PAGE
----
Starting a remote job is hard. With everyone hiding behind a computer screen, it’s not clear who is who, who is working on what, where important files are kept, how everything is done, and most importantly, who are the employees. New members are expected. Ambiguity can be a challenge, yes, but as I’ve learned from interviewing over 500 experts, ambiguity can also be an opportunity.
Uncharted territory or undefined expectations provide new hires with the opportunity to advance and demonstrate how hungry they are to succeed. To help guide you to success in your new job, I’ve outlined some questions new hires can ask a manager. After clarifying each one, you’ll feel like you have a better understanding of your new workplace.
1. “What does success look like in my role? What are my responsibilities and what are my responsibilities? “
Asking this question can ensure that you are managing what others expect you to manage — and doing what others expect you to be doing.
2. “What can I do at the end of the first month, three months and six months?”
Even if your manager doesn’t mention it, they still have an idea of how fast they expect you to get up to speed. Clarification can ensure that you stay above expectations.
3. “Who do I report to every day?”
If you have multiple managers, ask, “How should I allocate my time between you and ____ people?” to prevent others from thinking you’re working exclusively with them — and overworking you.
4. “What will our daily and weekly cooperation be like?”
Different managers have different expectations. When in doubt, try asking, “Is it helpful for us to check in regularly?” followed by “What is most convenient: Weekly? Twice a week? “
5. “What have your top performers done that you would also suggest me to do to make your life easier?”
Such a question can help you not only understand your manager’s work style, but also show that you’re eager to learn — and eager to perform.
6. “Who worked on this project before me? Could you please introduce me to them? “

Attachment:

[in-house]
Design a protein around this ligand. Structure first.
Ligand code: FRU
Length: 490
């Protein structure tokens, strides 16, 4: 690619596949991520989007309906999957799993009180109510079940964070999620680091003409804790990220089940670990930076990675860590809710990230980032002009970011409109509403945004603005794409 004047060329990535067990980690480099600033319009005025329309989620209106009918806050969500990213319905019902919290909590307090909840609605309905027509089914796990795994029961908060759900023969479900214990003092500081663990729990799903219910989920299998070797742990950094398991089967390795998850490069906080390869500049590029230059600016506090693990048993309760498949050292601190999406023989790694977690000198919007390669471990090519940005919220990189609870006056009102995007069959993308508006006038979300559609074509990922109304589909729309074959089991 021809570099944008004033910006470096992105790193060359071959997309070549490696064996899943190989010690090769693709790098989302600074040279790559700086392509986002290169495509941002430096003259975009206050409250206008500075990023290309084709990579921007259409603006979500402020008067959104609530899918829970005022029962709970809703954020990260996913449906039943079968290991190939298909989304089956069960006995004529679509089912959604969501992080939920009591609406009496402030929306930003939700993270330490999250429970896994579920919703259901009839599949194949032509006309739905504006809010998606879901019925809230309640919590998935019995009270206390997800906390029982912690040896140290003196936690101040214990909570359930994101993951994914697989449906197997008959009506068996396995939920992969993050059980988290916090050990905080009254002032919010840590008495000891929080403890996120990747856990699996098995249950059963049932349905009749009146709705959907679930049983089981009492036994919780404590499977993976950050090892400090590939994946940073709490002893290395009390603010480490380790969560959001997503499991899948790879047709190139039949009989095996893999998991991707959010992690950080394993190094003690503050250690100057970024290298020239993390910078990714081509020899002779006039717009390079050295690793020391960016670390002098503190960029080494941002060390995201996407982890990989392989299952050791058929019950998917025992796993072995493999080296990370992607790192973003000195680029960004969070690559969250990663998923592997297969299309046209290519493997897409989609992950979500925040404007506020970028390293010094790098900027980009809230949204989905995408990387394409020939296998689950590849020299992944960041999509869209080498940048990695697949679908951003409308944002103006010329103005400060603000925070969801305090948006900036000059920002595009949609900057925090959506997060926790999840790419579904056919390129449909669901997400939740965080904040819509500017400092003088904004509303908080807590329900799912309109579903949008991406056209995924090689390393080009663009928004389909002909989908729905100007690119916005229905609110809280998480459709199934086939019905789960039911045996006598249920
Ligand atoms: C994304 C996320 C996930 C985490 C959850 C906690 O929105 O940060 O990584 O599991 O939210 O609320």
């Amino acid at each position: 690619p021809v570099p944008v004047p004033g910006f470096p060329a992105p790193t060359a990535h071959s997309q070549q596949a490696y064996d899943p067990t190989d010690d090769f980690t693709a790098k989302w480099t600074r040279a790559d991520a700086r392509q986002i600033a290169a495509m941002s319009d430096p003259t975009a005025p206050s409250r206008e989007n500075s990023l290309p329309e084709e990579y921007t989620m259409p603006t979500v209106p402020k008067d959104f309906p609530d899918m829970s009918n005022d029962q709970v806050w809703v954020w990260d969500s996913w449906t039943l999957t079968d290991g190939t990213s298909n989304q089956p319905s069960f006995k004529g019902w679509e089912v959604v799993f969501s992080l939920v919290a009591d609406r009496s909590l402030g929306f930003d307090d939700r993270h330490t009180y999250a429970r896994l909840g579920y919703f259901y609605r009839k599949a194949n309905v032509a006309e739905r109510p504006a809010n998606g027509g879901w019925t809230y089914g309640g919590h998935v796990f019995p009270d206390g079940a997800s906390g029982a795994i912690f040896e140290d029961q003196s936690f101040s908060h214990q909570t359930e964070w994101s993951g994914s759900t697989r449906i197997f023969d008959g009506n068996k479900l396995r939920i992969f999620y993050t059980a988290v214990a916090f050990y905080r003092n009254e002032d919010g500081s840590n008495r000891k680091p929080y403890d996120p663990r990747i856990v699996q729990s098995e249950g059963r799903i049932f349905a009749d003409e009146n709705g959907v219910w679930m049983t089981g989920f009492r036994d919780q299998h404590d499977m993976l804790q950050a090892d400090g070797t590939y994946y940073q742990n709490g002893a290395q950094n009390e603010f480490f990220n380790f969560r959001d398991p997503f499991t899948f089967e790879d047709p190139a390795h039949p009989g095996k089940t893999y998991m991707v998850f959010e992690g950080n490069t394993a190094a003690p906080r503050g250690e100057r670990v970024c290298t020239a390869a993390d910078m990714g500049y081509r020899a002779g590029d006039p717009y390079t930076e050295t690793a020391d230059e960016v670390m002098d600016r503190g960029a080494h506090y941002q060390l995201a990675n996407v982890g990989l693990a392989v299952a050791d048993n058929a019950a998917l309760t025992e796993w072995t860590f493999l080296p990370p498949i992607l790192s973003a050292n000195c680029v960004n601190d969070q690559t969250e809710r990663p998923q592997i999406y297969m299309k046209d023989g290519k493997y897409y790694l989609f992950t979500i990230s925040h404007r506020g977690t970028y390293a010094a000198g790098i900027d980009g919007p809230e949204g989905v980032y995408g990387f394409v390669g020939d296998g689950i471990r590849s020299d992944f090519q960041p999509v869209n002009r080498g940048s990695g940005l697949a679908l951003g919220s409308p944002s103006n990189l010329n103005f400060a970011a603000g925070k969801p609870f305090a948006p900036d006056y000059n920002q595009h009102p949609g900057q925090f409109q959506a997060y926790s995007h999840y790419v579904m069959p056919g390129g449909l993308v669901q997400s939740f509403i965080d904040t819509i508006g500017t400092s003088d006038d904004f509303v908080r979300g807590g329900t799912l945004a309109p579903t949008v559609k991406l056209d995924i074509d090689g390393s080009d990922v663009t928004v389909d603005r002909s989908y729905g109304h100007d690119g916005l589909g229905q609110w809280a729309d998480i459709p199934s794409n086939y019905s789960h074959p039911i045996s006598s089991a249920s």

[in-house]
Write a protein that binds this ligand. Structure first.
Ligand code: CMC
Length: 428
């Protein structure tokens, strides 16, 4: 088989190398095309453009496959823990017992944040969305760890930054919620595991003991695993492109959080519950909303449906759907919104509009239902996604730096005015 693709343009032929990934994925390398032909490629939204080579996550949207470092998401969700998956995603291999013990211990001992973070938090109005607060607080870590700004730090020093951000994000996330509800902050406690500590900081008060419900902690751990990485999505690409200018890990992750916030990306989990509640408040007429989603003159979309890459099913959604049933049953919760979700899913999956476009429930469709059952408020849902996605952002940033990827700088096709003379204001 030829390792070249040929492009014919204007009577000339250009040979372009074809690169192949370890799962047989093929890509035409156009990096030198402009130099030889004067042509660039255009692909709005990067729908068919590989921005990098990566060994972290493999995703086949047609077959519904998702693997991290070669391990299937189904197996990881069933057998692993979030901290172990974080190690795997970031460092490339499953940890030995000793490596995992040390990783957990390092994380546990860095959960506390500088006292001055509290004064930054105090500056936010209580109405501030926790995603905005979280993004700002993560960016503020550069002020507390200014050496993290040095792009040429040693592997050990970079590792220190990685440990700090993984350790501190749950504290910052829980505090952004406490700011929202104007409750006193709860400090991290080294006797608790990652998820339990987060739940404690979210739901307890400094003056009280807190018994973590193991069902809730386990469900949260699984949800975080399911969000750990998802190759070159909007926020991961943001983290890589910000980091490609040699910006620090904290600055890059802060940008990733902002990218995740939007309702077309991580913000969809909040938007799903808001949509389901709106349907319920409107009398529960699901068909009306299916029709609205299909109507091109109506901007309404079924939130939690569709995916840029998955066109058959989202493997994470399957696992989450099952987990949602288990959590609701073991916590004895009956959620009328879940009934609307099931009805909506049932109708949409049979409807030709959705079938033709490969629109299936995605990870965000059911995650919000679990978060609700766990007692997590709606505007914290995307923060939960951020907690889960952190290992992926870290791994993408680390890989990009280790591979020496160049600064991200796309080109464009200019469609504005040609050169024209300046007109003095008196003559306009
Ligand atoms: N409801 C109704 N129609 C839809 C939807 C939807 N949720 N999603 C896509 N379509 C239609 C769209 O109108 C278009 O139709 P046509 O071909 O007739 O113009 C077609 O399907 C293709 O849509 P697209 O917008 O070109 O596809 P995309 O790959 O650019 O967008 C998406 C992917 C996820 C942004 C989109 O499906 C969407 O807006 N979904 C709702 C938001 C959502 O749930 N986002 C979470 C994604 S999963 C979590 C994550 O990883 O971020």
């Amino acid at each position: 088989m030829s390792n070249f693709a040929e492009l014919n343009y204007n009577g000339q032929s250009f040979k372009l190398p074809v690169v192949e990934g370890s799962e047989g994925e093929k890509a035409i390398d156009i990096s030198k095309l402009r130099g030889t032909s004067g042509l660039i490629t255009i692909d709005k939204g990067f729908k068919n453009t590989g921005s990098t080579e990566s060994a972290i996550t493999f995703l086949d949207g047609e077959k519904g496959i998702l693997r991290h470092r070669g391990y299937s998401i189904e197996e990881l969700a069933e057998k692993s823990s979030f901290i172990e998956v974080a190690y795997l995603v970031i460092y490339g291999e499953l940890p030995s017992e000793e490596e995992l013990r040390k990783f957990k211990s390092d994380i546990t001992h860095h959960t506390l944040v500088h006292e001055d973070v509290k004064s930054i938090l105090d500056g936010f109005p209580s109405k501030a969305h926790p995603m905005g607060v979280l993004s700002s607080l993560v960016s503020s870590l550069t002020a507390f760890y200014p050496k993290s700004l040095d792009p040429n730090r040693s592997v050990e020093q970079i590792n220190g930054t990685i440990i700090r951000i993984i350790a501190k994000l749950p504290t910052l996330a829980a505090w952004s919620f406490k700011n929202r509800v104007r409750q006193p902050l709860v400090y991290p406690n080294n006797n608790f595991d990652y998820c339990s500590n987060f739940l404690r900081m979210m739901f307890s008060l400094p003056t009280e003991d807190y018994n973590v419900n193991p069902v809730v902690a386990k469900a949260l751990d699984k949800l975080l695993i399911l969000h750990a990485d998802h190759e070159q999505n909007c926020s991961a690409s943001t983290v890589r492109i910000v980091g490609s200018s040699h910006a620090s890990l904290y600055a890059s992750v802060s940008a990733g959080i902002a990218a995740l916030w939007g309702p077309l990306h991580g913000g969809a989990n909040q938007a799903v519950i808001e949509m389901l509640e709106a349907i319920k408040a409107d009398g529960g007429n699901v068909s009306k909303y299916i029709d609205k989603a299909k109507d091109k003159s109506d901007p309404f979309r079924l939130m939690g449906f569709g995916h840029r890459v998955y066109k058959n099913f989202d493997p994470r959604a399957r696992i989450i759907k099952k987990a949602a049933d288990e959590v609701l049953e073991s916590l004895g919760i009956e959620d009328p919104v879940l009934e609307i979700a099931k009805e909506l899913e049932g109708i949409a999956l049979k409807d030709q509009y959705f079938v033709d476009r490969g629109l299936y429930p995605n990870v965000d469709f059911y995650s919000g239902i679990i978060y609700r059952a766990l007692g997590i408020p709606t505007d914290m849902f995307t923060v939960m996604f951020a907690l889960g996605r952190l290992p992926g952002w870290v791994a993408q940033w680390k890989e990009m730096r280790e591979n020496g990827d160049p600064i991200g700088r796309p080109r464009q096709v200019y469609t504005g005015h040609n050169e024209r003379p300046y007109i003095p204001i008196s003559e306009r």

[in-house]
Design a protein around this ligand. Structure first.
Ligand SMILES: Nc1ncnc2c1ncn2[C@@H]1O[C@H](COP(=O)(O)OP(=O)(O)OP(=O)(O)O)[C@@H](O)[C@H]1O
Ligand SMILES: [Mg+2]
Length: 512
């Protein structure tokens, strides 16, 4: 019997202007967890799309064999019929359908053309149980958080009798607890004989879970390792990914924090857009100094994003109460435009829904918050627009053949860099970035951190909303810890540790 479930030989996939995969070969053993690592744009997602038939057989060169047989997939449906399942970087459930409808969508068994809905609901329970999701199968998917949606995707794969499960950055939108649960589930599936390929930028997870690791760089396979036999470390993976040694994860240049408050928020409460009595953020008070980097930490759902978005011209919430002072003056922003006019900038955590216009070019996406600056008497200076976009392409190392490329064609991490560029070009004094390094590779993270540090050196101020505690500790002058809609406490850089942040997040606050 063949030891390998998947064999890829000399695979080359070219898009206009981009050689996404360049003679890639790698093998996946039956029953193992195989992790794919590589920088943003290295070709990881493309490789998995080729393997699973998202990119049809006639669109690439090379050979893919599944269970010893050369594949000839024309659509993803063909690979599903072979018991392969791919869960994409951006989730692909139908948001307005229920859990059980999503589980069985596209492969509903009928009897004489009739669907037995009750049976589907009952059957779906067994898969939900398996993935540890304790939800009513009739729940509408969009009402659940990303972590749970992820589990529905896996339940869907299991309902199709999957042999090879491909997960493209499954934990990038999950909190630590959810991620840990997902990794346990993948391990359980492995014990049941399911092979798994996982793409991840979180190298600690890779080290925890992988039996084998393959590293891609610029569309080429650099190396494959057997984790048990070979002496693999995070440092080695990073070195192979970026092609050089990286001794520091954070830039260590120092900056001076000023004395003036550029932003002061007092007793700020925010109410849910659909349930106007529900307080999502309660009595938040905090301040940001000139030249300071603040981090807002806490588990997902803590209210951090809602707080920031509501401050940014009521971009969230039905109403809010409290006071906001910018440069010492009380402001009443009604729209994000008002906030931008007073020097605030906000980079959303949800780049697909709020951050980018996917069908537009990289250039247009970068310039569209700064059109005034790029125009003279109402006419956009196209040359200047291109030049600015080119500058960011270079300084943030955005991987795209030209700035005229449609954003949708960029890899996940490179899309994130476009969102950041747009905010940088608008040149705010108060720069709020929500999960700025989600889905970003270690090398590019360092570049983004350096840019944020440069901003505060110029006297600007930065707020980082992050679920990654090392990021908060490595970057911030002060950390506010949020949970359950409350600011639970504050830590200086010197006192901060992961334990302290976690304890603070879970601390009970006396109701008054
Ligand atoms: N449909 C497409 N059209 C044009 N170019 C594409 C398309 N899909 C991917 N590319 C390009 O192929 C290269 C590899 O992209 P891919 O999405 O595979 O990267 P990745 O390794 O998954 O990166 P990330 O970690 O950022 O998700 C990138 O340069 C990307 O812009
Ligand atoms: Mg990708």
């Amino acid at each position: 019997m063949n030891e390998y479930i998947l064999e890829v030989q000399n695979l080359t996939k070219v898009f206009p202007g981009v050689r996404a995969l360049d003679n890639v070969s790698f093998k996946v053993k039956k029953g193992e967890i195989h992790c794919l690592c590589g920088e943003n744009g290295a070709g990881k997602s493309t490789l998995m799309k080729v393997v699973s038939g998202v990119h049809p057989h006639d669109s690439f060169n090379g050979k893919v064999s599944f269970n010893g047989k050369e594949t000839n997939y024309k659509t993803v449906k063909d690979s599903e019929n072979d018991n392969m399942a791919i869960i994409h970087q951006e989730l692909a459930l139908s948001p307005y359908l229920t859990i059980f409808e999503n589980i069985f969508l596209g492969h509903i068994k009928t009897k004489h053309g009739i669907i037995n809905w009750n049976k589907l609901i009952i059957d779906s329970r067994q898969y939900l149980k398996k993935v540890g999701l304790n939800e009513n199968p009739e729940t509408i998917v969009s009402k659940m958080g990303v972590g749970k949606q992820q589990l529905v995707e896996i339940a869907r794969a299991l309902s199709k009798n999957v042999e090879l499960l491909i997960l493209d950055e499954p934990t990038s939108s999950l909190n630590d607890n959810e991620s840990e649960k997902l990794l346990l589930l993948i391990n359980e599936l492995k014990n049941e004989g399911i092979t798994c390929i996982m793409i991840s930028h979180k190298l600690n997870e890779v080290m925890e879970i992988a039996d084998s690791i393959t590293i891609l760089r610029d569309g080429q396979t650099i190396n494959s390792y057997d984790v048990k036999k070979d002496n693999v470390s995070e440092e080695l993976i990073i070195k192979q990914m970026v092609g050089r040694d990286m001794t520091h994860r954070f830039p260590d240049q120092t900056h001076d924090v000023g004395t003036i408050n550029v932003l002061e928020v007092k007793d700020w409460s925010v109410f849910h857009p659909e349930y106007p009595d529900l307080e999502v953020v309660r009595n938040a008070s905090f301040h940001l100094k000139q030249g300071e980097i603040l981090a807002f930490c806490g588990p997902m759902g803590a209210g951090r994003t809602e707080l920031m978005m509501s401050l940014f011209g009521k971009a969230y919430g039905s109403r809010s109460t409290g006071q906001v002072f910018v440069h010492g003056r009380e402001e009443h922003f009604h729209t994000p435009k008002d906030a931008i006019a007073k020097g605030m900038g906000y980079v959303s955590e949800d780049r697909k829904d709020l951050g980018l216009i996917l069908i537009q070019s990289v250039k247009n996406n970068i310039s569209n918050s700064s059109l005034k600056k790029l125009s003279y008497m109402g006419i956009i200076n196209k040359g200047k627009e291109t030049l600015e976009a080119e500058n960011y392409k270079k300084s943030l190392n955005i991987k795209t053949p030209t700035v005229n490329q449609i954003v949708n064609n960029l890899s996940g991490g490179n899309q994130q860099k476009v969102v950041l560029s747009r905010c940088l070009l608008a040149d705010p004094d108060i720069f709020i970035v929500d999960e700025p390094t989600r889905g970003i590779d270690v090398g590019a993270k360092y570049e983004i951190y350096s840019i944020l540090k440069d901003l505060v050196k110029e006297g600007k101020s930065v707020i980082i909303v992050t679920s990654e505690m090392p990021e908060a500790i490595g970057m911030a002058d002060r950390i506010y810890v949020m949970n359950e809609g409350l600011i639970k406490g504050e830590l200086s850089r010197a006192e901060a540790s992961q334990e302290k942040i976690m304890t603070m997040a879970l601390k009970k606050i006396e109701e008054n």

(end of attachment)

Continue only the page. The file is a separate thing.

It’s stressful to inherit someone’s work and not know their methods and practices. A 30-minute conversation with your predecessor (if they’re still around) can save you 30 hours of research and guesswork afterward.
7. “What folders should I have access to — and what files/templates should I review and use?”
Knowing the three folders you should pay attention to and the five templates you should use for your work can, again, save you hours of digging (and redoing).
8. “Can I share calendar invitations to upcoming meetings that you think I should attend?”
It’s important to be seen and heard when you’re new — and you can only be seen and heard if you’re in the room. If you don’t ask, you could be overlooked and miss meetings where people expect you to be there.
9. “Are there any upcoming deadlines or milestones that I should know about or can help with?”
You may have a deadline before you start working, especially if you’re replacing someone else. Knowing what they are can help you avoid last-minute shuffling or missing deadlines at all.
10. “Is there an up-to-date org chart or team list that I can refer to?”
Knowing who reports to whom — and who does what — can help you better navigate the politics of your new environment, as well as figure out who is coming to do what more effectively.
11. “What is the usual procedure for this?”
Each team has its own…
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